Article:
For Hindus throughout India and the world, the celebration of Diwali, the Festival of Lights, is one of the most important events on the calendar. Here’s what you need to know about visiting India during this special time.
What to Expect
Throughout the festival, local families decorate their homes with candles and small oil lanterns made from clay, lit to honor the Goddess Lakshmi. Families and friends get together to play cards and gamble, exchange gifts, and share food. While all the candlelight creates quite the magical atmosphere, be prepared for lots of noise, as well as smoke from fireworks and firecrackers,
When to Go
The five-day festival of Diwali typically takes place between mid-October and mid-November right around the harvest. The main festivities take place on the night of the new moon—the best night to enjoy fireworks and sparklers.
Where to Go
Diwali is celebrated throughout India, with the exception of the state of Kerala, where Onam is the main festival. Some cities have their own unique ways of celebrating. In Goa, for example, effigies of demons are often burned to celebrate the triumph of good over evil. In Jaipur, buildings and markets are illuminated in colorful lights, while the ghats of Varanasi are lined with flickering candles. Mumbai and Amritsar are both known for their excellent fireworks displays.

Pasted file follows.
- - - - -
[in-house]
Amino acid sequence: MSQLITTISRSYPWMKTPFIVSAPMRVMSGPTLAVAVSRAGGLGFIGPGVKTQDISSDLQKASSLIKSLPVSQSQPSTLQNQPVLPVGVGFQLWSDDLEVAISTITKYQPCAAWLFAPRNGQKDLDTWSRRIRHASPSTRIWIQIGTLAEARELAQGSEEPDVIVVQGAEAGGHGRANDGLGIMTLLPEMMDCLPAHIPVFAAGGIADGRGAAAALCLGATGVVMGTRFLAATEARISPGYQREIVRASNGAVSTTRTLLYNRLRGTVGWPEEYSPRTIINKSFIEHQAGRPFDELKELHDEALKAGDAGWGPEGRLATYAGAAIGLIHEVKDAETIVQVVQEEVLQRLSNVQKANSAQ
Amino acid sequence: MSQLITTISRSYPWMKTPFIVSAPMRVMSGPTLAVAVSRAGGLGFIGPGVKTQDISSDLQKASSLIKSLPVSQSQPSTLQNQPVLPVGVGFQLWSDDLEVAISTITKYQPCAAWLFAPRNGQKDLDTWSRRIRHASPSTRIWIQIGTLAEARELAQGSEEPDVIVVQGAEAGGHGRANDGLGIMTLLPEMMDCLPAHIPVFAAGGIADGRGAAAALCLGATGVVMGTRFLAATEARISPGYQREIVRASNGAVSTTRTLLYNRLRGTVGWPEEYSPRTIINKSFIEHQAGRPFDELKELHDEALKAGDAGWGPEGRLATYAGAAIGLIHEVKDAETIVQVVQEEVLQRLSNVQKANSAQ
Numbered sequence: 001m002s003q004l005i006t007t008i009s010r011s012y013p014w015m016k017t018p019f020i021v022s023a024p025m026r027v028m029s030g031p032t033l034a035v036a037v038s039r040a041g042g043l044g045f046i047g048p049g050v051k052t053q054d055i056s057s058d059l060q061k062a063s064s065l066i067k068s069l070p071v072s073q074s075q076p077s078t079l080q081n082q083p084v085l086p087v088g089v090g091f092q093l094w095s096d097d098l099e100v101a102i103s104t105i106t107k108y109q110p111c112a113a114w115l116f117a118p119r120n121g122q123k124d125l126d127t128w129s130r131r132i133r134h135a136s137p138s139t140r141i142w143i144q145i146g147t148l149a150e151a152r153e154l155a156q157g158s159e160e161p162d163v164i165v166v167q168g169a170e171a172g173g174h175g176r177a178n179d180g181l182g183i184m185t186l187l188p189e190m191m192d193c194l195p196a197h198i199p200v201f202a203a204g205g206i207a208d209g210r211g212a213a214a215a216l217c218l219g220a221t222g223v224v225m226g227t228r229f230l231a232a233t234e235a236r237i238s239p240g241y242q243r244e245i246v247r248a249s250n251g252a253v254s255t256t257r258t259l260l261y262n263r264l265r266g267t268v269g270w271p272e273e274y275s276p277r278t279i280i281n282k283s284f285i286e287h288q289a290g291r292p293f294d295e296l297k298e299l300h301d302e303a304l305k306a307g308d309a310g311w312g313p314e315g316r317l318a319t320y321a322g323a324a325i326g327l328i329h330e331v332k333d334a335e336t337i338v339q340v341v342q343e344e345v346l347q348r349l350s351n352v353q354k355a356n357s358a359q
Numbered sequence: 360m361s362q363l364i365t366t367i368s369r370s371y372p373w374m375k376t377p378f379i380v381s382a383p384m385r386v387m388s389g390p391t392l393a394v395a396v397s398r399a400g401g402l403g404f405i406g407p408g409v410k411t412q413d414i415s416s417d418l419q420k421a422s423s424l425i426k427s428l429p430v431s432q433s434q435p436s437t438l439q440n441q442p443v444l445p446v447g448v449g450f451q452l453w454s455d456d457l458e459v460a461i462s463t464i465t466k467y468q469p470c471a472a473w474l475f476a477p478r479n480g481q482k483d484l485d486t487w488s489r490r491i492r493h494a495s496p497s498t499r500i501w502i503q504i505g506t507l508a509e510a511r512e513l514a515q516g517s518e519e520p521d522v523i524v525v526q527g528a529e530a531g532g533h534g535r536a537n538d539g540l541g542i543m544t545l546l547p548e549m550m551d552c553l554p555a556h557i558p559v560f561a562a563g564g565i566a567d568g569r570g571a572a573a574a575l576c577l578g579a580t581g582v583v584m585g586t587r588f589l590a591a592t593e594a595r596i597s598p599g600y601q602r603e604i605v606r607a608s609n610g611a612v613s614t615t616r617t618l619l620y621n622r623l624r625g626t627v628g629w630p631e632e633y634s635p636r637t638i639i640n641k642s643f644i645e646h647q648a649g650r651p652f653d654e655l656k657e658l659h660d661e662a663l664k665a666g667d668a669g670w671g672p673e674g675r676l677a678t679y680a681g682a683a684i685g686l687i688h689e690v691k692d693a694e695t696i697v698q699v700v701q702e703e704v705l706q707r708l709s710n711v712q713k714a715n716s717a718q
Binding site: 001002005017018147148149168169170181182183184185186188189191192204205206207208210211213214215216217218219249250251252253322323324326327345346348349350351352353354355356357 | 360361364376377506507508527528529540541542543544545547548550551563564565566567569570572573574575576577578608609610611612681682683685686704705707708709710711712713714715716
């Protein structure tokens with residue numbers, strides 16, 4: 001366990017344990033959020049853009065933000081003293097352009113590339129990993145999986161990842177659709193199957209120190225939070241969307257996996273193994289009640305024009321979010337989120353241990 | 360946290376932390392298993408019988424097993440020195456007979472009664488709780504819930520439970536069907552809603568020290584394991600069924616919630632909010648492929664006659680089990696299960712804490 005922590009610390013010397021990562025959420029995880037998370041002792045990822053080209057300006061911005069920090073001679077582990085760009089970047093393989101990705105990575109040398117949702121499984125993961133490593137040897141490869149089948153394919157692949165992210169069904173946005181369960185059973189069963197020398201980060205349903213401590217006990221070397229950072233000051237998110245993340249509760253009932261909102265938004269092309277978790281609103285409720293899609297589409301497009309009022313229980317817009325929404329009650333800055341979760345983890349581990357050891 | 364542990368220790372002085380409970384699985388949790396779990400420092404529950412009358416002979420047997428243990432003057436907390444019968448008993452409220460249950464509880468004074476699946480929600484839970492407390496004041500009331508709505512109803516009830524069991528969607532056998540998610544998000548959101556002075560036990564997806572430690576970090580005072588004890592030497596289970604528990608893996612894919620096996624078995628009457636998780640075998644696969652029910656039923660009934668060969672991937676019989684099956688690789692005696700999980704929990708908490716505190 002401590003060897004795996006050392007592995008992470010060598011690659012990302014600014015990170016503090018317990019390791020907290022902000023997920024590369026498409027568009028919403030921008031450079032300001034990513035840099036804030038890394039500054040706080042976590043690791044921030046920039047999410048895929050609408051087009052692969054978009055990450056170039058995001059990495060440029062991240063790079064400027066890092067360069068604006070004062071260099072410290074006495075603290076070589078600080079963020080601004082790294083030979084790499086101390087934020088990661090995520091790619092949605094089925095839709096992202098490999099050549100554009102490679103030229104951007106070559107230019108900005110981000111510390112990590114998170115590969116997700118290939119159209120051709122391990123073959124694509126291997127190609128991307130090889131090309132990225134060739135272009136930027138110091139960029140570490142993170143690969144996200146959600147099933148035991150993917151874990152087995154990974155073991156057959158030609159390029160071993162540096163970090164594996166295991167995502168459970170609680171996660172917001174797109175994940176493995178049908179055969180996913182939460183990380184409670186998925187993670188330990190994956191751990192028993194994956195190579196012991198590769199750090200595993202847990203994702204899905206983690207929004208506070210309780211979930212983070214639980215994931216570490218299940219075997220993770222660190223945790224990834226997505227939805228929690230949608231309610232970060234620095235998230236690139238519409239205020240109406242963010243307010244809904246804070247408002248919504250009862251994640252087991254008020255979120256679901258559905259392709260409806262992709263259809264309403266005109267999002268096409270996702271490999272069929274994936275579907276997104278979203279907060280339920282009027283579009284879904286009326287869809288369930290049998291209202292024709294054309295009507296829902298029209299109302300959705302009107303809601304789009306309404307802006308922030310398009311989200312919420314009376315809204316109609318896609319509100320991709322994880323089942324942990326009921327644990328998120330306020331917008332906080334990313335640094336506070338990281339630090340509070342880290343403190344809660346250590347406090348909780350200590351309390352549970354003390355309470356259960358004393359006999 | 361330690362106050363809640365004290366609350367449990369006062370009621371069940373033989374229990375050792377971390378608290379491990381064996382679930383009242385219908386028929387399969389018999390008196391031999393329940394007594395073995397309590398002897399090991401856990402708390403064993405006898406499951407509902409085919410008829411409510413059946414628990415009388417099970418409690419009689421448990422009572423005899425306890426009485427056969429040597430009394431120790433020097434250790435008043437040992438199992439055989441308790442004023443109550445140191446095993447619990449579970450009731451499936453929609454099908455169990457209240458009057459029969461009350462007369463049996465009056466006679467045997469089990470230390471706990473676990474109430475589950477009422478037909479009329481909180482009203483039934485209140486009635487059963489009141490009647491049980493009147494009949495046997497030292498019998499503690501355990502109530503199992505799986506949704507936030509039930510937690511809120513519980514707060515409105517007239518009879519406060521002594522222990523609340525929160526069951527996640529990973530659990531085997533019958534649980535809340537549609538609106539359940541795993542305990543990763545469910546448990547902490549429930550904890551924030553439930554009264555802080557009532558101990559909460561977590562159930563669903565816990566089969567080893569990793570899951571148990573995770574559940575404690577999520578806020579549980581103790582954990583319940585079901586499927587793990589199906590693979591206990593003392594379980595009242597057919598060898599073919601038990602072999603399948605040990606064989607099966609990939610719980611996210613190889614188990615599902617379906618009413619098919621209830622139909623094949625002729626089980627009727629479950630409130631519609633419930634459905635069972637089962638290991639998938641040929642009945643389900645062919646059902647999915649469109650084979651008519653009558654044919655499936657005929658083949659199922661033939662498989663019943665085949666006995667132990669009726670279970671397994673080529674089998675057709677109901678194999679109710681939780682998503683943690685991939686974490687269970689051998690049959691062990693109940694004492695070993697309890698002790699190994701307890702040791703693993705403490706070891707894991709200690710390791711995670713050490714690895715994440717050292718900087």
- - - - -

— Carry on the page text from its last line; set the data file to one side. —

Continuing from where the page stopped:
How to Go
Visitors to India have numerous ways of experiencing the Diwali celebrations. Since this is a family-centered festival, one of the best ways is to join a local family in Delhi, Mumbai, or Jaipur to see firsthand how they celebrate. Diwali-themed tours allow visitors to experience the festivities in multiple cities, like Varanasi, Delhi, Jaipur, and Agra, over the course of several days.
Things to Know
Bring a pair of earplugs, especially if your ears are sensitive; the pyrotechnics can be noisy.
No matter where you’re celebrating, go out in a group; the atmosphere is generally warm and welcoming, but expect a few intoxicated individuals as well.
Consider bringing a tripod or monopod to better capture images of the candles, lanterns, and fireworks after dark.
Be prepared to sleep in and stay up late; many festivities take place after dark.